Brazil Truth Commission details killings, other brutality by junta, urges end to amnesty

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RIO DE JANEIRO — Brazil took its most significant step yet to address the human rights violations of its military dictatorship on Wednesday, releasing an exhaustive report that documents nearly two decades of government-approved political killings and torture.

After 30 years of impunity for crimes of the state, the National Truth Commission report names 377 people allegedly responsible for 434 deaths and disappearances, and thousands of acts of torture. The list includes top regime figures who instituted policies of persecution, and lowly soldiers who carried them out.

The nearly 2,000-page report describes crimes against humanity in excruciating detail, and calls for the perpetrators to be prosecuted.

But while the commission's work has renewed debate on how Brazil has handled its dirty-war legacy, there's little political will for overturning a 1979 amnesty law that has protected both military figures and leftists ever since the 1964-1985 dictatorship. Only 46 percent of Brazilians said they want to scrap the amnesty, while 37 percent supported it and another 17 percent said they were unsure in a survey published in March by the respected Datafolha polling group.

Even President Dilma Rousseff, a former Marxist guerrilla who was savagely tortured in the 1970s, seems unwilling to push for prosecutions.

"Truth doesn't mean vengeance. Truth mustn't be the source of hatred or score-settling," Rousseff said in an emotional ceremony as the report was made public. "Truth frees us all from that which went unsaid . It frees us from what remained hidden."

"We, who believe in the truth, hope that this report contributes to make it so that ghosts from the sad and painful past are no longer able to find shelter in silence and omission," she said, pausing several times to stave off tears as the audience in the capital of Brasilia rose in a standing ovation.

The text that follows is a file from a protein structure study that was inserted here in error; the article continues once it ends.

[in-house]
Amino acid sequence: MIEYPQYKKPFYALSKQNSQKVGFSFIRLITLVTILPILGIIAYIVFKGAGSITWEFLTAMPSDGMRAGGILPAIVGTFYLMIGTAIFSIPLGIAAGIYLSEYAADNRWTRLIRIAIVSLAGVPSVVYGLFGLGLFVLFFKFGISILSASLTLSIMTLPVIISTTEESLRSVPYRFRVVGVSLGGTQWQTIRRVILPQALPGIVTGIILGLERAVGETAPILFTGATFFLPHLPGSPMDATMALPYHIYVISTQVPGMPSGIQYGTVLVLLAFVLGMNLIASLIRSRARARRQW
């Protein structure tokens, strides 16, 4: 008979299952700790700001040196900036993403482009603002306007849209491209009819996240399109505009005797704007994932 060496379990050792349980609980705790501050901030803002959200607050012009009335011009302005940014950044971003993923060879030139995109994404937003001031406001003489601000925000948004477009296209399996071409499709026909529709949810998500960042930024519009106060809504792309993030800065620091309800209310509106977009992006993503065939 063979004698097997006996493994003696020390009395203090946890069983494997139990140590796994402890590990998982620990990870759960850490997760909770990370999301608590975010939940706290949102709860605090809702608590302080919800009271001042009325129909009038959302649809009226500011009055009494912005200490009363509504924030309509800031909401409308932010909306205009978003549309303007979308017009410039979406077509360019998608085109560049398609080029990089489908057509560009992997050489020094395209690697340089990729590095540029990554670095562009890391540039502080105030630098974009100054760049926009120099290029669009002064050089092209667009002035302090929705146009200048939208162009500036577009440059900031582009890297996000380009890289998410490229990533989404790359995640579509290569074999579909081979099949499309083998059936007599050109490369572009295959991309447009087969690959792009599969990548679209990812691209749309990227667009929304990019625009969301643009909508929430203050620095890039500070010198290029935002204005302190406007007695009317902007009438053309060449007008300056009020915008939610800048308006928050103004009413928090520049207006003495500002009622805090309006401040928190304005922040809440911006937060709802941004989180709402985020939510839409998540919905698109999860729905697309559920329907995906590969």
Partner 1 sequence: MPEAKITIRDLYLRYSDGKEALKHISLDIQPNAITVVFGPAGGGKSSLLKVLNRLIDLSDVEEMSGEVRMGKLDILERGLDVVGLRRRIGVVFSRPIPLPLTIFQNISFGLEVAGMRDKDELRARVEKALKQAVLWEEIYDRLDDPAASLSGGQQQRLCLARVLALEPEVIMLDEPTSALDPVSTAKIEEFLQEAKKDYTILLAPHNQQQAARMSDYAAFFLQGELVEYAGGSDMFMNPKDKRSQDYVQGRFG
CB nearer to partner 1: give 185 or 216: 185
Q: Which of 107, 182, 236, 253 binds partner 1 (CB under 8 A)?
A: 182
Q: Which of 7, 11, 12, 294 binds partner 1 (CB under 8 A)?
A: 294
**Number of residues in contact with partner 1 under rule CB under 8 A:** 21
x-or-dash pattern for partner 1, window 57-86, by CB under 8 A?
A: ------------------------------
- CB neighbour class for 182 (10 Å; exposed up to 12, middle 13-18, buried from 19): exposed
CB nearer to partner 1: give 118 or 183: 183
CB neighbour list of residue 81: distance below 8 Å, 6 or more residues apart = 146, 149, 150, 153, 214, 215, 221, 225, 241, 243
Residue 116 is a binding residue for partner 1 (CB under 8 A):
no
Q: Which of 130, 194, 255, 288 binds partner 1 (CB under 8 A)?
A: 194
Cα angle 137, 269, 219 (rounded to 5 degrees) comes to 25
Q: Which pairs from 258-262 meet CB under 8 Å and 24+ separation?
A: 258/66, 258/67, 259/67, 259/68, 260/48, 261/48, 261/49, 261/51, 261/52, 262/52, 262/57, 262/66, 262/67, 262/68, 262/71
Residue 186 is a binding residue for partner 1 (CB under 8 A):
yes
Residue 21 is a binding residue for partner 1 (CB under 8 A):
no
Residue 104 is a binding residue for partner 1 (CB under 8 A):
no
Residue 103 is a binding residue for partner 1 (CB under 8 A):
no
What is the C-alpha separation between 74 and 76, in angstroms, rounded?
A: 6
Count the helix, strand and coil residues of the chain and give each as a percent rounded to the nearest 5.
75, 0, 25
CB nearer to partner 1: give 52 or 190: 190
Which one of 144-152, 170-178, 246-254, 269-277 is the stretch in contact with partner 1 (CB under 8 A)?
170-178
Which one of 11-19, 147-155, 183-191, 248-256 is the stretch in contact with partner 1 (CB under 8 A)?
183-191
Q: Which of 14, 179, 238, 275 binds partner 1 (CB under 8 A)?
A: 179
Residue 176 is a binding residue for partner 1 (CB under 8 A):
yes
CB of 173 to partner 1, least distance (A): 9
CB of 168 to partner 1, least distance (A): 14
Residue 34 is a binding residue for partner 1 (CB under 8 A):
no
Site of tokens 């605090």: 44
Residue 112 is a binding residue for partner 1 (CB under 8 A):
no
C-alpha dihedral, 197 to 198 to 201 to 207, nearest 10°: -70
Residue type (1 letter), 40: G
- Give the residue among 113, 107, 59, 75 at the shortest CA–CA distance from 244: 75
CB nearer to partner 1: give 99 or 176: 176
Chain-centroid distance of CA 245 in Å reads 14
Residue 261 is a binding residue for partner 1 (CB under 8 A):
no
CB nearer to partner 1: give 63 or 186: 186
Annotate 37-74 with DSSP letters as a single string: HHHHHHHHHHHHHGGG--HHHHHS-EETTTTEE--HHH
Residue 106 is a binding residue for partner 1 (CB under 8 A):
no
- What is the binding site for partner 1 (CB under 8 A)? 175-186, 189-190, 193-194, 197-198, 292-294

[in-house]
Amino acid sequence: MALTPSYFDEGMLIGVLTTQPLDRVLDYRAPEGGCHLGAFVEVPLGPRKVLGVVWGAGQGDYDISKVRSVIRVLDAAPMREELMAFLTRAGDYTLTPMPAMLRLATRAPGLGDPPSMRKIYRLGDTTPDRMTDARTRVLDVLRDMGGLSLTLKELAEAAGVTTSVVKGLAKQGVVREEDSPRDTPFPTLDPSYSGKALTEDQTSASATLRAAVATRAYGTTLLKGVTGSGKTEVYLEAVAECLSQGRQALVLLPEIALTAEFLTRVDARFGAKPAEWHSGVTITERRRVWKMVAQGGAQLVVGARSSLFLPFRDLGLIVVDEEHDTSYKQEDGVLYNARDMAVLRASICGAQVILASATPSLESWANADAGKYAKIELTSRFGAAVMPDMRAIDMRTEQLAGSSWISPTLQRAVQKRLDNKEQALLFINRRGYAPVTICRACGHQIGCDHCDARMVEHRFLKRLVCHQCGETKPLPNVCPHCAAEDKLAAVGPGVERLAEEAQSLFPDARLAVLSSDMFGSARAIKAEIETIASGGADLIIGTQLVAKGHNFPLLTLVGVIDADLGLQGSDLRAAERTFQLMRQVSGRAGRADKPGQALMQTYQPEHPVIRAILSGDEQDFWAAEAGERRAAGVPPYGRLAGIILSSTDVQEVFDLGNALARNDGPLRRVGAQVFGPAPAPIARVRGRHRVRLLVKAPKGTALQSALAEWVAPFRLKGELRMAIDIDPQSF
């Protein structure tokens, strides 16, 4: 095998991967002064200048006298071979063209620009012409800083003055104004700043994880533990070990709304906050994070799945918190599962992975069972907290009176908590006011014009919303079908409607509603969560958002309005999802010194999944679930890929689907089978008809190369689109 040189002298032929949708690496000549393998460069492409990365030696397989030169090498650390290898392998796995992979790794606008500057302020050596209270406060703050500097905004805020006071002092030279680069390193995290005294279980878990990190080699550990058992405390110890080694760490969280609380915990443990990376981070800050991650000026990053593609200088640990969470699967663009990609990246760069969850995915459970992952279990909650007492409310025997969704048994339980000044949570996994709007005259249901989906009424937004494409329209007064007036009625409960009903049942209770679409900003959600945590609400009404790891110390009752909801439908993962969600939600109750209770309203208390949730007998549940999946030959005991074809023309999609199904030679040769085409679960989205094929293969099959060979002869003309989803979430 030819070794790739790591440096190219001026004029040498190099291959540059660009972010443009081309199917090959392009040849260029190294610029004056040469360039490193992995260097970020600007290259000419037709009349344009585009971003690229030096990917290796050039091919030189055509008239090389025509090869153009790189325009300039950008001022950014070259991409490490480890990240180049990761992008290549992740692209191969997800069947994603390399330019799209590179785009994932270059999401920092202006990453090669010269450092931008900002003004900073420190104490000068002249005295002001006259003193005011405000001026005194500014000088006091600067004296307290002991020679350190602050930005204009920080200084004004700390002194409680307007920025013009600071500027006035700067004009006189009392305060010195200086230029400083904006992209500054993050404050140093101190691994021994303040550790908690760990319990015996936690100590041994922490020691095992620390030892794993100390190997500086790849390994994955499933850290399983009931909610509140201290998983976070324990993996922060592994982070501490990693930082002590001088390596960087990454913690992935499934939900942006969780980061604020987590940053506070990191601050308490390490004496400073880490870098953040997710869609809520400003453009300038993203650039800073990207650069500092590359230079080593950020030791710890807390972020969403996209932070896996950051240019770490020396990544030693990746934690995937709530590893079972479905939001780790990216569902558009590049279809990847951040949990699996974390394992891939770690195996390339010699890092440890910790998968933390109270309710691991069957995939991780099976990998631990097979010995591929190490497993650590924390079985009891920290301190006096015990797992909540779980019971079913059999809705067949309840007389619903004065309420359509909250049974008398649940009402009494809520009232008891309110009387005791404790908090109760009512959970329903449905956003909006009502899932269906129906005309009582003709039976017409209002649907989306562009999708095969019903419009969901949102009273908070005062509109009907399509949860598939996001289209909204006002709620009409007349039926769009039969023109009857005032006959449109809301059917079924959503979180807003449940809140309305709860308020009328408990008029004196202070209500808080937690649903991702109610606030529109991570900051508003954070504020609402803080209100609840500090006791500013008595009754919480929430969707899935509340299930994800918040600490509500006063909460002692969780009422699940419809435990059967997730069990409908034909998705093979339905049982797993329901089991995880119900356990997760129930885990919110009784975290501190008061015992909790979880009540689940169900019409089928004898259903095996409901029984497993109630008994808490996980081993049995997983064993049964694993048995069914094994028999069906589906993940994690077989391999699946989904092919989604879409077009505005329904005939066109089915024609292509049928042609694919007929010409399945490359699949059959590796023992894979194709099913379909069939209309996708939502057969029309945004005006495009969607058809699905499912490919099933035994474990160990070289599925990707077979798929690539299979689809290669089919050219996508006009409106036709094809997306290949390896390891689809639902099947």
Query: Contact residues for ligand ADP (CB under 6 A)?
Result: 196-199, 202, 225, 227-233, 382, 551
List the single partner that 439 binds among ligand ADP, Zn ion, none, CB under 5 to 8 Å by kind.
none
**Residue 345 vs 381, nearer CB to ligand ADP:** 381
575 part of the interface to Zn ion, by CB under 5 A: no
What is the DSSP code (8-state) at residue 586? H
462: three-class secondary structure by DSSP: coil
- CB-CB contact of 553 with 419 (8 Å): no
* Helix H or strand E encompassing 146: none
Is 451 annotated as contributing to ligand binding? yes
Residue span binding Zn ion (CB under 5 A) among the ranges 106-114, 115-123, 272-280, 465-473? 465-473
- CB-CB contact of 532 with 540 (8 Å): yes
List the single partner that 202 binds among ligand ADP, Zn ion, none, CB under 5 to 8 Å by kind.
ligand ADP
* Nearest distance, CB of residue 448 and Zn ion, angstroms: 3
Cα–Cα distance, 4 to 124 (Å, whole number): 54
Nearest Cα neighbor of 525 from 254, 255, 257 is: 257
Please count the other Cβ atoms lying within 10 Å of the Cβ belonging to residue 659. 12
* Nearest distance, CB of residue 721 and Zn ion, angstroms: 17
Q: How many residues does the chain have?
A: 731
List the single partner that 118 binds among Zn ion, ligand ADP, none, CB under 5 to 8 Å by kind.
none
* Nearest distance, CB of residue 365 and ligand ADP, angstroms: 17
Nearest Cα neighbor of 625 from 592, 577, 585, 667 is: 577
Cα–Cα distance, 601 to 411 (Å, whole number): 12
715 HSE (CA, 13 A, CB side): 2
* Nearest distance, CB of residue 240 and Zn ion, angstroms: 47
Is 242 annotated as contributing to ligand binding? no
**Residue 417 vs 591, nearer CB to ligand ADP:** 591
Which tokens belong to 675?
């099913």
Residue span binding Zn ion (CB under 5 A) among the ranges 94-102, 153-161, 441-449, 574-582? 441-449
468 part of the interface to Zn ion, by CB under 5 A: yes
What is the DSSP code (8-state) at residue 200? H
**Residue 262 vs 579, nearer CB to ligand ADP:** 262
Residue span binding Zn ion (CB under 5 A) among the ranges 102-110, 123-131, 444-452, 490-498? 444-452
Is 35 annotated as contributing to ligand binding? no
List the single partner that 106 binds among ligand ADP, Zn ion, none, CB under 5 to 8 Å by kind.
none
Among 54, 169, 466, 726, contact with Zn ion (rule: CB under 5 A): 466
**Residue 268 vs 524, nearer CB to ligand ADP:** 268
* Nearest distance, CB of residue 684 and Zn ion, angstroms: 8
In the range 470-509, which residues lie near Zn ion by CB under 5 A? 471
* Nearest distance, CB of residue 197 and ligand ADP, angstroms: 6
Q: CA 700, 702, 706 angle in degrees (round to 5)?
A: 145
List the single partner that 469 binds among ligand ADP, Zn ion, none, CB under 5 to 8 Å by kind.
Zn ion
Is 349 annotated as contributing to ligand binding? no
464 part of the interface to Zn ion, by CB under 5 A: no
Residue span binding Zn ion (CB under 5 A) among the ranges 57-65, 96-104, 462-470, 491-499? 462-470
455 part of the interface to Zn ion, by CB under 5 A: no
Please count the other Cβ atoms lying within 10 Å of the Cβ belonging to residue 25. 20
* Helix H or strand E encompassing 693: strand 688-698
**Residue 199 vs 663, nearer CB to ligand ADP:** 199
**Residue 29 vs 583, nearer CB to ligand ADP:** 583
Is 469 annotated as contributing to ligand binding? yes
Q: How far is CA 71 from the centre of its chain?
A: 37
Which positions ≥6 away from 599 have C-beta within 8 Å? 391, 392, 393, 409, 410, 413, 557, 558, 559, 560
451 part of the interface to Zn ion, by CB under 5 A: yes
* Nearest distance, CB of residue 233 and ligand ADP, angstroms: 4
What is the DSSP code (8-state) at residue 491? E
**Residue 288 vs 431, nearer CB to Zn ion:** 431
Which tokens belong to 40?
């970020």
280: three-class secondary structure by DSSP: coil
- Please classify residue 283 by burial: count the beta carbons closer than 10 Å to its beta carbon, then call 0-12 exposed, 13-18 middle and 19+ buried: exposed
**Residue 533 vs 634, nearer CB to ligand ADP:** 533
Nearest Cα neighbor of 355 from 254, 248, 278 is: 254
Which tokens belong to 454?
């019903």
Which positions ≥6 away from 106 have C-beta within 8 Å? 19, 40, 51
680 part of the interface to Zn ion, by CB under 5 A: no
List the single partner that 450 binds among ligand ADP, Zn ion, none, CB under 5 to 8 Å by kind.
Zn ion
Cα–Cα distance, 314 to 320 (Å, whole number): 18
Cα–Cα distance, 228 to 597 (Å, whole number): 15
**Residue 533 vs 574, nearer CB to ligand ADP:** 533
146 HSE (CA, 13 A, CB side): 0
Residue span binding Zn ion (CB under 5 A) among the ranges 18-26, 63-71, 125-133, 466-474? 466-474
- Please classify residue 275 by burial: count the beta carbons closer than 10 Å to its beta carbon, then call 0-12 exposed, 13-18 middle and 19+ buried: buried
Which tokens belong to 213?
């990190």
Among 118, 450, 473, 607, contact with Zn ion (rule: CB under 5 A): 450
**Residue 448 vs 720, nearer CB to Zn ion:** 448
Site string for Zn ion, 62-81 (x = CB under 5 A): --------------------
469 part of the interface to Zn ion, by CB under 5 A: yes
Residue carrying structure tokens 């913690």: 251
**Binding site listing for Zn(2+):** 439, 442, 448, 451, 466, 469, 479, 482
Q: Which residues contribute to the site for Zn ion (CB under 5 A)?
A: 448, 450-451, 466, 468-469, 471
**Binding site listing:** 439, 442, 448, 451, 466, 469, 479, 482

Created by Congress in 2011, the seven-member commission researched government and corporate archives and hospital and morgue records. Commissioners conducted more than 1,200 interviews with victims, their families and their alleged perpetrators. The panel consulted with religious leaders, and visited the military installations where "subversives" including students, labor unionists, factory workers, farm workers, indigenous tribespeople, gays and others were tortured and killed.

In all, the report documents 224 killings and 210 disappearances. These were not rare exceptions, but rather the result of a "systematic practice" by the military, it said.

"Repression and the elimination of political opposition became the policy of the state," the report said. The commission "therefore totally rejects the explanation offered up till today that the serious violations of human rights constituted a few isolated acts or excesses resulting from the zeal of a few soldiers."

The report does not examine crimes committed by leftists during Brazil's dictatorship era.